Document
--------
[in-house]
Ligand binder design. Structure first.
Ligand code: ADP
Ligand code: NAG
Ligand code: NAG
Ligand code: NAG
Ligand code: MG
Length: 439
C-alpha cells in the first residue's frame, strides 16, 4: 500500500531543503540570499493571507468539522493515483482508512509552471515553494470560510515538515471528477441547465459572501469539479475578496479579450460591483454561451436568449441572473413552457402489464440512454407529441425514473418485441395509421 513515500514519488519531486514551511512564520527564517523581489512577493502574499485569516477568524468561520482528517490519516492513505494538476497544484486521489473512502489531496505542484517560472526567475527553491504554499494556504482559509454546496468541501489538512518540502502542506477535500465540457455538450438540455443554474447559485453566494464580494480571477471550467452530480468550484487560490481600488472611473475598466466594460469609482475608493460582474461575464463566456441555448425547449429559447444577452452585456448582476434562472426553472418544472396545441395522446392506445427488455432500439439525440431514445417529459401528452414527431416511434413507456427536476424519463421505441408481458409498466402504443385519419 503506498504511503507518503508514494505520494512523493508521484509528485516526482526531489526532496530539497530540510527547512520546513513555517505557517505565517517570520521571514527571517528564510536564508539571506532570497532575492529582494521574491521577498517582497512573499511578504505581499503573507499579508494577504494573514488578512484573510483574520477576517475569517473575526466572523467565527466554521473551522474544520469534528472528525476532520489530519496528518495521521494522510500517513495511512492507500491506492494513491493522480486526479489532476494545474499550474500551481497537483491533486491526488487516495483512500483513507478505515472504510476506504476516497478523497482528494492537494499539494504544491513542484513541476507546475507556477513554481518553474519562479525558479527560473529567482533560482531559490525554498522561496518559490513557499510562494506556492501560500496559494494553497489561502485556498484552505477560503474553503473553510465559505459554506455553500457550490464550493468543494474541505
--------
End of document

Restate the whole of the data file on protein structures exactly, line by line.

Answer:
[in-house]
Ligand binder design. Structure first.
Ligand code: ADP
Ligand code: NAG
Ligand code: NAG
Ligand code: NAG
Ligand code: MG
Length: 439
C-alpha cells in the first residue's frame, strides 16, 4: 500500500531543503540570499493571507468539522493515483482508512509552471515553494470560510515538515471528477441547465459572501469539479475578496479579450460591483454561451436568449441572473413552457402489464440512454407529441425514473418485441395509421 513515500514519488519531486514551511512564520527564517523581489512577493502574499485569516477568524468561520482528517490519516492513505494538476497544484486521489473512502489531496505542484517560472526567475527553491504554499494556504482559509454546496468541501489538512518540502502542506477535500465540457455538450438540455443554474447559485453566494464580494480571477471550467452530480468550484487560490481600488472611473475598466466594460469609482475608493460582474461575464463566456441555448425547449429559447444577452452585456448582476434562472426553472418544472396545441395522446392506445427488455432500439439525440431514445417529459401528452414527431416511434413507456427536476424519463421505441408481458409498466402504443385519419 503506498504511503507518503508514494505520494512523493508521484509528485516526482526531489526532496530539497530540510527547512520546513513555517505557517505565517517570520521571514527571517528564510536564508539571506532570497532575492529582494521574491521577498517582497512573499511578504505581499503573507499579508494577504494573514488578512484573510483574520477576517475569517473575526466572523467565527466554521473551522474544520469534528472528525476532520489530519496528518495521521494522510500517513495511512492507500491506492494513491493522480486526479489532476494545474499550474500551481497537483491533486491526488487516495483512500483513507478505515472504510476506504476516497478523497482528494492537494499539494504544491513542484513541476507546475507556477513554481518553474519562479525558479527560473529567482533560482531559490525554498522561496518559490513557499510562494506556492501560500496559494494553497489561502485556498484552505477560503474553503473553510465559505459554506455553500457550490464550493468543494474541505